Kenny* is an acquaintance of mine. I'm probably supposed to call him a friend. There are people who would feel more comfortable if I did that. I'm sure there was a time when I did consider him a friend. At this point though, I only ever hear from him when he wants something from me. Two, three, six months at a time go by and I don't hear from him. Suddenly, there's something he thinks I can do for him and it's "Hey, buddy! How ya been? Long time no, see! We'll have to get together soon!". That kind of person. More of a free-loading phony and a pain in the ass than anything else. Frankly, calling him an acquaintance is being generous on my part. Recently, I've decided not to waste valuable resources like time on people like that. Not out of anger or bitterness, really. Mostly for the sake of brevity. For that reason, this why a recent conversation initiated by Kenny via text went like this:
"Hey man, whats shakin? You wanna grab some lunch today?"
I rarely eat lunch, choosing instead to have a nice breakfast and dinner with a small snack or two in between. I was working that day and I don't like to leave work during the day because parking is something of a hassle. I didn't particularly want to sit across from Kenny under the pretense of lunch with a buddy and listen to him hit me up for something; that's something that can be done just as easily via a text message without having to look at his big, stupid, enormous face and shell out for a sandwich I don't want to eat. I think it's beautiful that I can express the last three sentences in one, two-letter word: "No". Melissa, a mutual acquaintance called to inform me I was alone in feeling that way.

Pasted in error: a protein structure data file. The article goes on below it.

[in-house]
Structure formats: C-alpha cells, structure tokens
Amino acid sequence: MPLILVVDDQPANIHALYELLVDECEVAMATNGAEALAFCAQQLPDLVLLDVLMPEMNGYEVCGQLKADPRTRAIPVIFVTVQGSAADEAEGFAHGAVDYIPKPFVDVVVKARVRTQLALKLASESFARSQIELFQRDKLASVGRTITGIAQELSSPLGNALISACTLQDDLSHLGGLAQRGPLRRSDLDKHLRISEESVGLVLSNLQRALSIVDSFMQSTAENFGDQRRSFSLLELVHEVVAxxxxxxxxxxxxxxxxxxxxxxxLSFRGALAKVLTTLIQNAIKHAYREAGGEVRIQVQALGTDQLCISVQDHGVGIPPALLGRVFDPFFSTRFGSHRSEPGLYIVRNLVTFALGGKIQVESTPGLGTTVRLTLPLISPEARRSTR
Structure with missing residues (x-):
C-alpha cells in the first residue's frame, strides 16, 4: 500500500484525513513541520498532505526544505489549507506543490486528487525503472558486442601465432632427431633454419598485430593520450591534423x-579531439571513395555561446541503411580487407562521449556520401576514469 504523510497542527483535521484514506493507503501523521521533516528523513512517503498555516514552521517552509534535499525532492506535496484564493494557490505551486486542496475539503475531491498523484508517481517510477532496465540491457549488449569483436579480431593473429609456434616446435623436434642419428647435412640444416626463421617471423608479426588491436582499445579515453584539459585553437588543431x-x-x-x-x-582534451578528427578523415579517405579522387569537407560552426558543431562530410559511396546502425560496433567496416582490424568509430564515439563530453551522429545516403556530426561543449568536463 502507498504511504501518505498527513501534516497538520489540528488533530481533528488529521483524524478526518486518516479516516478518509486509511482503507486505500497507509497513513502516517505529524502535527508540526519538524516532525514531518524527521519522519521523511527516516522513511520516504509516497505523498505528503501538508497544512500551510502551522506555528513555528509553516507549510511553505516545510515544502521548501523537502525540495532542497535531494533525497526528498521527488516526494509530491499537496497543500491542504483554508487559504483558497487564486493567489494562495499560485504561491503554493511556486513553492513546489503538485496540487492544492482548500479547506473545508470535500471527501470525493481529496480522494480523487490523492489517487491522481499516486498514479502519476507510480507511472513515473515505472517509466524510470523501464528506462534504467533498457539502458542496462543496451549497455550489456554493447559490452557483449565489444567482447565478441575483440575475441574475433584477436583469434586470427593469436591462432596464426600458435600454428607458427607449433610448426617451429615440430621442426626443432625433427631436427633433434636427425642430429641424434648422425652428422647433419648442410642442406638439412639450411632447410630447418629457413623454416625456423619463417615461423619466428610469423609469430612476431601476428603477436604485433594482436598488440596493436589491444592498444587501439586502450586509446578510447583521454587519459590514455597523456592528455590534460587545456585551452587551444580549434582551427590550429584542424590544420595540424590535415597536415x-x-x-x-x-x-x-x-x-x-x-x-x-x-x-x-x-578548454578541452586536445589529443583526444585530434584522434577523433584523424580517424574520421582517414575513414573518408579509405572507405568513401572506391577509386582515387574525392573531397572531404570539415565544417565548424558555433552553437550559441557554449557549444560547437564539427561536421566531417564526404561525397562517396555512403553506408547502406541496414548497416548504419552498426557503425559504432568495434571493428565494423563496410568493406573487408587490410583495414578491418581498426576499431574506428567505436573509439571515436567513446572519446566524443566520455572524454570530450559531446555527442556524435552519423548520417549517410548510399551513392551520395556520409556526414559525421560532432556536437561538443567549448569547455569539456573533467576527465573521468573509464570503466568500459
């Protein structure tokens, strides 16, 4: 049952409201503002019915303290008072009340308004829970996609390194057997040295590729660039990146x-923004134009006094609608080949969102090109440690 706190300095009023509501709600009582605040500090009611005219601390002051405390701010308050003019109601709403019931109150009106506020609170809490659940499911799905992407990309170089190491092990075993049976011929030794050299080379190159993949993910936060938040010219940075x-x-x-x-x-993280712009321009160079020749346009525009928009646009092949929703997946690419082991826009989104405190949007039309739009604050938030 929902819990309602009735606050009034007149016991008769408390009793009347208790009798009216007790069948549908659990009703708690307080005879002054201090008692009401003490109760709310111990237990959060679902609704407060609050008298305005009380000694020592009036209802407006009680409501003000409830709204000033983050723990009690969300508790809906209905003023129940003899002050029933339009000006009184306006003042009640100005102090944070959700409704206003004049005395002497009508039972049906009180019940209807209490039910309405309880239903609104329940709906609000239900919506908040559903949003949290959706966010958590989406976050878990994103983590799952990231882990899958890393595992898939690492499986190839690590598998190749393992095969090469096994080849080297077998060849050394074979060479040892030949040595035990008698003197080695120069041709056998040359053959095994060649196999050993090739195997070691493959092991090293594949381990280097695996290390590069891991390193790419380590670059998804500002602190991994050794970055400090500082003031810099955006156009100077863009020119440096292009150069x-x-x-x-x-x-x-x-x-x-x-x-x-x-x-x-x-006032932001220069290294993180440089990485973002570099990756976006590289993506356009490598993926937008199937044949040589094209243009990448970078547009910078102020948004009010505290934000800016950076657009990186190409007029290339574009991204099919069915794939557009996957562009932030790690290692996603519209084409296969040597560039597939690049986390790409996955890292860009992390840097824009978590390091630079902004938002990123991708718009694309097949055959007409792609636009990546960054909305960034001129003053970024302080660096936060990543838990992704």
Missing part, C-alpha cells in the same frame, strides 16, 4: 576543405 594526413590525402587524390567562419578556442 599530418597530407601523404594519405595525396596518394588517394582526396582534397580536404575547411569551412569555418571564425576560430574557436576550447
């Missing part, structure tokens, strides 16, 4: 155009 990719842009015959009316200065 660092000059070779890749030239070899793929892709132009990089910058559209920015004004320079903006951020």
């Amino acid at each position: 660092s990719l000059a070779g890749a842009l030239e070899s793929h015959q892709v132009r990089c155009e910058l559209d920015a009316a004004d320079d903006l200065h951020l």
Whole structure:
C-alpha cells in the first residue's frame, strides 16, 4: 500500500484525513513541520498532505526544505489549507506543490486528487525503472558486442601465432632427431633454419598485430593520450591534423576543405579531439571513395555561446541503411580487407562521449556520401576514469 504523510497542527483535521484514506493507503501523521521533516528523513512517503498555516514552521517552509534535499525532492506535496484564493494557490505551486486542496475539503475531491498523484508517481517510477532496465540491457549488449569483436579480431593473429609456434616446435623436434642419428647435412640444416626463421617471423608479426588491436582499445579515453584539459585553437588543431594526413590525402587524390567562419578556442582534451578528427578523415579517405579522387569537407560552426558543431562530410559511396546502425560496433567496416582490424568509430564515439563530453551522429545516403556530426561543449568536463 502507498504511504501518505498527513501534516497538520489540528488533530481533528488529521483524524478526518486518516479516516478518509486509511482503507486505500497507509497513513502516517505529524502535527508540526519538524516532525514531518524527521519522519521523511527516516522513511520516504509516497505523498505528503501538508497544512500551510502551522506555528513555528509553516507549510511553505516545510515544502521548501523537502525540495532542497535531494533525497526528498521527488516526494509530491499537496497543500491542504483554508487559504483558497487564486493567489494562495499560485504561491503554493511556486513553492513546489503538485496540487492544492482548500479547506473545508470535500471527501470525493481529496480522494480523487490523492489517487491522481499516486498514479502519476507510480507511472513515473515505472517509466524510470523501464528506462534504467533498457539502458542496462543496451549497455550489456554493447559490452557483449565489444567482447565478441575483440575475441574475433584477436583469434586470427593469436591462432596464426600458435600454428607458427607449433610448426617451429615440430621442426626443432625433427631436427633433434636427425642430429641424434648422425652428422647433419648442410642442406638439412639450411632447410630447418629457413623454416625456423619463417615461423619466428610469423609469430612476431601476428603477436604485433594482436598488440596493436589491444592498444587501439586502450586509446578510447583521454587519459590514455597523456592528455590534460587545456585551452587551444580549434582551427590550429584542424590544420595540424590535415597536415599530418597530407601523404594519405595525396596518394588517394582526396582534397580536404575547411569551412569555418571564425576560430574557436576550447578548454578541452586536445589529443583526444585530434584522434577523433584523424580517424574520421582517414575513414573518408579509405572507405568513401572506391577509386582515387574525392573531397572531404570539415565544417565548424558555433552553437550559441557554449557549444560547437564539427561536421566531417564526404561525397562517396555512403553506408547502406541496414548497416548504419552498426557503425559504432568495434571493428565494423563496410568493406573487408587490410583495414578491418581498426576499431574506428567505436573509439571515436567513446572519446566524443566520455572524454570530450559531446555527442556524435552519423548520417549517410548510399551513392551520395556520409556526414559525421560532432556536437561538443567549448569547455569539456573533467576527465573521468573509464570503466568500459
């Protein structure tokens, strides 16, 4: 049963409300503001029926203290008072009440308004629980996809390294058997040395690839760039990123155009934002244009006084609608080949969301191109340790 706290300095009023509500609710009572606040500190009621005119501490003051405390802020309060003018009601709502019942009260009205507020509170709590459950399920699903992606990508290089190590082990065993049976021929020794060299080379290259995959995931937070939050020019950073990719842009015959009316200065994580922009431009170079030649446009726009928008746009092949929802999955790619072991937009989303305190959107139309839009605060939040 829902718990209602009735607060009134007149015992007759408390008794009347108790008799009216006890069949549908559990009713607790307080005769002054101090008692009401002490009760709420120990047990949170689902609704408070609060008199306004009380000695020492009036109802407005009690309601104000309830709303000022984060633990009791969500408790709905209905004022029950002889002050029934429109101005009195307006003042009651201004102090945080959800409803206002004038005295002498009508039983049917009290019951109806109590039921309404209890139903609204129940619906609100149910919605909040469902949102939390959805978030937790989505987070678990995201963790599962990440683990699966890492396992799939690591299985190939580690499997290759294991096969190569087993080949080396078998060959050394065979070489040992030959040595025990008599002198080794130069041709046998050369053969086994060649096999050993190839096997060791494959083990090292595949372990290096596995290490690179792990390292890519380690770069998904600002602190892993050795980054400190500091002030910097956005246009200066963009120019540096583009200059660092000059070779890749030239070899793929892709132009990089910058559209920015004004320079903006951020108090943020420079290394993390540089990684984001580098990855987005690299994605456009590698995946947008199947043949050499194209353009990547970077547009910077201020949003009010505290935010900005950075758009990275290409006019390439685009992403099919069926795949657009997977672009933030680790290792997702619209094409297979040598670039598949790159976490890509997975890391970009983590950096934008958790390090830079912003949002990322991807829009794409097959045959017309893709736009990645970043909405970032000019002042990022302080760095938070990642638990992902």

"Hey, did you tell Kenny you don't want to have lunch with him?"
"Yes. Sort of."
"He asked if I wanted to have lunch and I said no. He didn't specify with whom, if anybody at all. If he thinks I was saying no to lunch with him in particular, that's an assumption on his part. It's correct, by the way. He also asked what was shaking. I didn't even bother to address that query."
"Because it's a ridiculous question and he knows it. The only possible answers to it are 'nothing' or a wildly inappropriate joke about Parkinson's."
"No, I mean why did you blow off his lunch invitation?"
"Oh. Because I don't want to have lunch with Kenny. Look, I could run it all down for you, but it's a whole thing and it's not important."
"Are you mad at him?"
"Well, he thinks you are and he's all upset about it."
"Yeah. So you need to call him and tell him you aren't mad."
"Oh. Okay. Well, that isn't going to happen, so... "
"Because the whole point of saying no was to avoid wasting time dealing with Kenny. It would defeat the whole purpose. I'm already wasting time on him without even dealing with him at this point. So, no, I'm not going to call him and waste more of the time I had planned on saving."
"Great. So what do I tell him?"
"Don't tell him anything. He'll get over it and in six months, he'll want something else and we can start this whole thing all over again."
"Thanks. You're a big help.
I didn't get a chance to ask her why she felt like she needed to get in the middle of it in the first place but now there are at least three people (counting me) who are at least annoyed (me) or pissed off (Melissa) if not truly upset (Kenny, apparently), all because I provided a simple, one-word answer to a question. You know, we all claim we want more efficiency but nobody really appreciates it.
* No, I'm not worried about him seeing this; he doesn't read my stuff. See? Not really a friend.